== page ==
William Draper Harkins
|William Draper Harkins|
|Born||December 28, 1873
|Died||March 7, 1951 (aged 77)
|Institutions||University of Montana
University of Chicago
|Alma mater||Stanford University|
|Doctoral students||Lyle Benjamin Borst|
|Notable awards||Willard Gibbs Award (1928)|
William Draper Harkins (December 28, 1873 – March 7, 1951) was an U.S. chemist, notably for his contributions to nuclear chemistry. Harkins researched the structure of the atomic nucleus and was the first to propose the principle of nuclear fusion, four years before Jean Baptiste Perrin published his theory in 1919-20. His findings enabled, among other things, the development of the H-bomb.
Harkins was born in Titusville, Pennsylvania.
Harkins graduated with a PhD from Stanford University in 1907, and subsequently taught chemistry at the University of Montana from 1900 to 1912. He spent the rest of his career at the University of Chicago.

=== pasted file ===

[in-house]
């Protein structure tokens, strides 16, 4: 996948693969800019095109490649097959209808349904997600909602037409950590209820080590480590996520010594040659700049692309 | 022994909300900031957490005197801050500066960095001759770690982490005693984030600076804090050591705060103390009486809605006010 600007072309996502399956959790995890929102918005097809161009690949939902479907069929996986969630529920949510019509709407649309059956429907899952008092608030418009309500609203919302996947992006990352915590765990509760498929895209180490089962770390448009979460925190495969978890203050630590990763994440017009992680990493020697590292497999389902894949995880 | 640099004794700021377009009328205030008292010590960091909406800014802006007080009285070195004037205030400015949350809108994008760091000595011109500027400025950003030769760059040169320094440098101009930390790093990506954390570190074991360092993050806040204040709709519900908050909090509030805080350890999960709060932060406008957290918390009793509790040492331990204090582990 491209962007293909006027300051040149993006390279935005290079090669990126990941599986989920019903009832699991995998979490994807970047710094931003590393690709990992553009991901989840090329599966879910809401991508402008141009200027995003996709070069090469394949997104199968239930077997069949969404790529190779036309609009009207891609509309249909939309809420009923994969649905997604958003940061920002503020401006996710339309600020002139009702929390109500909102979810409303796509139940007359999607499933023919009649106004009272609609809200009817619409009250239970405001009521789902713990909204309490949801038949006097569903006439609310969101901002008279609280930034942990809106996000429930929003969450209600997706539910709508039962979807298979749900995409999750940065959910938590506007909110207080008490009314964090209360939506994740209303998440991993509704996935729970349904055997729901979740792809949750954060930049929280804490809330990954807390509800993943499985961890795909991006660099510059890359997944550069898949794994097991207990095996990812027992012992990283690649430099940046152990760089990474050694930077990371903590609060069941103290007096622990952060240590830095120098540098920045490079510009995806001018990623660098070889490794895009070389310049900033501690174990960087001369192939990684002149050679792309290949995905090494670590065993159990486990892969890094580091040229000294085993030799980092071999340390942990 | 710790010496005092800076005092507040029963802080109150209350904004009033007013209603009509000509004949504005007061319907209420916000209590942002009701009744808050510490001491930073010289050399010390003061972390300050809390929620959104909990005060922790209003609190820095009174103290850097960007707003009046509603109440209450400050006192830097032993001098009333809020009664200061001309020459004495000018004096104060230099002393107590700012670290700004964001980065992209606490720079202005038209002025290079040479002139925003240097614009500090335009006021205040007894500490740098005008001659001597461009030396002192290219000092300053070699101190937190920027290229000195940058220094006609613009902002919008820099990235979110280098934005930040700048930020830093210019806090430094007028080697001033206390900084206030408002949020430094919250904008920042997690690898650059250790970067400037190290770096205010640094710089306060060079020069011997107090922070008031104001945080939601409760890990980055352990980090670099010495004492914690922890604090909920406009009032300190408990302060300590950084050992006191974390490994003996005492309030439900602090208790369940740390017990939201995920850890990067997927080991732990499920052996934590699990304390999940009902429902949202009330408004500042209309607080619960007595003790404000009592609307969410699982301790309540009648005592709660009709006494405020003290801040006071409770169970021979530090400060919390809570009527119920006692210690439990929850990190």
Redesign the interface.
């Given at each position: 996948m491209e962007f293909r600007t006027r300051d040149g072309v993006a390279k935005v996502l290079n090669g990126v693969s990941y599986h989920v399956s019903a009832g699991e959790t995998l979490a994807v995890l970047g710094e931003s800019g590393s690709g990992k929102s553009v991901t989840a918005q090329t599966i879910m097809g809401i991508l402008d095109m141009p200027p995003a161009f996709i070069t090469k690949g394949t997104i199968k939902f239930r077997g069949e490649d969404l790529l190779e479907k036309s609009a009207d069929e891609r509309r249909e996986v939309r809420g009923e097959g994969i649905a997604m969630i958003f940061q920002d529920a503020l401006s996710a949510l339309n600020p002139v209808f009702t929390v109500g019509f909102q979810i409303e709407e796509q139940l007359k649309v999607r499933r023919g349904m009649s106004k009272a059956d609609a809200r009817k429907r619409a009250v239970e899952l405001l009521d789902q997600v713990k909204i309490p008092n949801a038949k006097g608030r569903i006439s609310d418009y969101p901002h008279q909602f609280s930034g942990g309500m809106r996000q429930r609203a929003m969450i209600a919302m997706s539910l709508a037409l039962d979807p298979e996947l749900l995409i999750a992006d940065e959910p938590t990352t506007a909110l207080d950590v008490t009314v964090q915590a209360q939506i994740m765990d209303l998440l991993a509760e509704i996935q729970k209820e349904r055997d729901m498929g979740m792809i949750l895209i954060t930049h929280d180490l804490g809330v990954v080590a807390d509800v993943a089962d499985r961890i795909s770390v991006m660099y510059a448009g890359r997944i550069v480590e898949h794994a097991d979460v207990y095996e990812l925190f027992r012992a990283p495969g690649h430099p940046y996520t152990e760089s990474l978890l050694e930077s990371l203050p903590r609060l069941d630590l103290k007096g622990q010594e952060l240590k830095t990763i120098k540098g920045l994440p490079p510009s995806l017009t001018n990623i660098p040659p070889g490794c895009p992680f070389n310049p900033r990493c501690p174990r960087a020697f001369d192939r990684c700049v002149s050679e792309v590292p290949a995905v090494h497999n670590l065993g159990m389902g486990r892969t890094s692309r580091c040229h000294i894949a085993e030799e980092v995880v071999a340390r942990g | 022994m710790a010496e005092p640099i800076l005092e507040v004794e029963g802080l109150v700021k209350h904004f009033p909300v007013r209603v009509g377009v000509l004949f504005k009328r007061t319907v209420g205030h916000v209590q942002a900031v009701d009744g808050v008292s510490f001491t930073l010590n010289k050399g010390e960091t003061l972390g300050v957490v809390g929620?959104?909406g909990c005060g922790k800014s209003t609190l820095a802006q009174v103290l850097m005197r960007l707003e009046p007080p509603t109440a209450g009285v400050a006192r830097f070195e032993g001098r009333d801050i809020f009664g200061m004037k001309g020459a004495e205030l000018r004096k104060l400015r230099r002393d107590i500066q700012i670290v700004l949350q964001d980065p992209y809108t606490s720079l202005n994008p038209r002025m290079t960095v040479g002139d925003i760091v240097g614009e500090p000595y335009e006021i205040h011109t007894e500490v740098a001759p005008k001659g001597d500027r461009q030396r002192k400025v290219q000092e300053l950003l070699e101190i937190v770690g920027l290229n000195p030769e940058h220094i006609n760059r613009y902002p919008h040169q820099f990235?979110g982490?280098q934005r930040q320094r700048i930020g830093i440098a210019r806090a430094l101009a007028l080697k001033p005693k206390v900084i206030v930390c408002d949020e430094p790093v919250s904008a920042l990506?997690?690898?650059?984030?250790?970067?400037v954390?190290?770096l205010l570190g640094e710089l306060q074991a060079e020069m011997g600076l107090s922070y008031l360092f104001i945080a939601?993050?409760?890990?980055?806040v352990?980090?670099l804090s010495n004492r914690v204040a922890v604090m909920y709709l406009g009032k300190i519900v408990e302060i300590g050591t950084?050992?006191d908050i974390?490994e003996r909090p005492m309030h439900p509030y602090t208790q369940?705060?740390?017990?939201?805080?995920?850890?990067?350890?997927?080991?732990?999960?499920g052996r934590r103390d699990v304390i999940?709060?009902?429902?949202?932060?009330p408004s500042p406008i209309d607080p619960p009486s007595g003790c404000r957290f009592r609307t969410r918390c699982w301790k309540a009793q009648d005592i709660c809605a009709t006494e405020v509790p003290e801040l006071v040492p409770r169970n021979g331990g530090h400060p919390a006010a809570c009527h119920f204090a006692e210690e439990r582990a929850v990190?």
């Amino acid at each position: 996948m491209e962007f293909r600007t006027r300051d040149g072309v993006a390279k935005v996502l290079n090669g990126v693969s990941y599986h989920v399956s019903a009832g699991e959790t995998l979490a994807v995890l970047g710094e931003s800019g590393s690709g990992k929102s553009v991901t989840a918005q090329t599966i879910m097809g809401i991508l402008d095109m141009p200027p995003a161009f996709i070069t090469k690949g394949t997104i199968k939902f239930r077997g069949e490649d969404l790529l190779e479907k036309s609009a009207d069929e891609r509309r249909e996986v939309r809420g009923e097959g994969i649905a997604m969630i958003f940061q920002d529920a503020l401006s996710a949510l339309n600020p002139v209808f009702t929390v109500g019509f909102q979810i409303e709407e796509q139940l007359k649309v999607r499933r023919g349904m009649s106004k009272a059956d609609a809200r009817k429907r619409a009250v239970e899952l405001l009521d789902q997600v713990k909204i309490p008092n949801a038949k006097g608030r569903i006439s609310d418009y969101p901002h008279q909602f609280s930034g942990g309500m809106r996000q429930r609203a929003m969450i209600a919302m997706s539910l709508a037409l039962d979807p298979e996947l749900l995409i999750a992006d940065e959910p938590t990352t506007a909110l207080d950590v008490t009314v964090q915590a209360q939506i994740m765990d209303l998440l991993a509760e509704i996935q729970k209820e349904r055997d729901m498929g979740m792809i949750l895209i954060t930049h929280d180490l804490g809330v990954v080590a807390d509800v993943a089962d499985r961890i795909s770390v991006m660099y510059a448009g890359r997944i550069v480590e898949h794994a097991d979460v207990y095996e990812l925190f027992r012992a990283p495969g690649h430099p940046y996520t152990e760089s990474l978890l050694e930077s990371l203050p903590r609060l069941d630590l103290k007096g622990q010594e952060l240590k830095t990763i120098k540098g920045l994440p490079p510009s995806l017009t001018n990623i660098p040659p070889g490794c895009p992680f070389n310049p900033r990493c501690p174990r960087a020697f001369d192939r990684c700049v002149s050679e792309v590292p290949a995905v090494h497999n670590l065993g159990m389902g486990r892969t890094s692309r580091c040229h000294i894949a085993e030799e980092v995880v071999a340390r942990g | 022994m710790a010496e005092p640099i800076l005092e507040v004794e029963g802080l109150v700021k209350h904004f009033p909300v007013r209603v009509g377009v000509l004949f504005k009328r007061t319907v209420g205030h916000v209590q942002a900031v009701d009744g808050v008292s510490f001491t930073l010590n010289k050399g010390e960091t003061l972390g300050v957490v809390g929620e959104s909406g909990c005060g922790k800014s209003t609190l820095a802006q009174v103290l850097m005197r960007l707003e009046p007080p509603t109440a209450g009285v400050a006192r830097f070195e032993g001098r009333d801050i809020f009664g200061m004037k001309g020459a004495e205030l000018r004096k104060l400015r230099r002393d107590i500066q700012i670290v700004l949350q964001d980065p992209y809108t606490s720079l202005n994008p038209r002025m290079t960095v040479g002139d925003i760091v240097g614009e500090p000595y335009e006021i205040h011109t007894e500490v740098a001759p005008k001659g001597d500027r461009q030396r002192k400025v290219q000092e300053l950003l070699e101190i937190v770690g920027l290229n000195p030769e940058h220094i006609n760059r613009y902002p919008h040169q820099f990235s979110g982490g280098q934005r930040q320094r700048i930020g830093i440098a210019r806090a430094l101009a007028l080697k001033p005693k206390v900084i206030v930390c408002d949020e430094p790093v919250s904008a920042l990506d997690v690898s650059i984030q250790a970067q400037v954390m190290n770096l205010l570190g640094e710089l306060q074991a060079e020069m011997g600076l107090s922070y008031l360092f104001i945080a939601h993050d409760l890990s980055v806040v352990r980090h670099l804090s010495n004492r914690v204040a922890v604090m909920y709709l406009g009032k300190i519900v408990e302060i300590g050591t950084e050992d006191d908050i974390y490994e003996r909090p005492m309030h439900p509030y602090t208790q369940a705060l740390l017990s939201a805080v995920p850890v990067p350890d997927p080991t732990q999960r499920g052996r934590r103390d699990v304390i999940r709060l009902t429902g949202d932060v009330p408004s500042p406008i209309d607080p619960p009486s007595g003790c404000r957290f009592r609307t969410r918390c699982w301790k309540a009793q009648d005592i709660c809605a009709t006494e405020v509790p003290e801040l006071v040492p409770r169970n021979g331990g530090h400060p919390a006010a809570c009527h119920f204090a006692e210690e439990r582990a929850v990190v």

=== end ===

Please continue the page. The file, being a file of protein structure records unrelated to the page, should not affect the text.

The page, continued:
Harper correctly predicted the existence of the neutron in 1920, which was then discovered in an experiment by James Chadwick in 1932. In the beginning of the 1930s, Harkins, together with Martin Kamen, built a cyclotron. From experiments with this, he concluded that the sun might be powered by nuclear fusion.
- Robert S. Mulliken (1975). "William Draper Harkins 1873 - 1951" (PDF). Biographical Memoirs. National Academy of Sciences. 47: 48–81.
- Draper Harkins, William (1907). Excess-Potential and the Marsh Test (PhD thesis). Stanford University.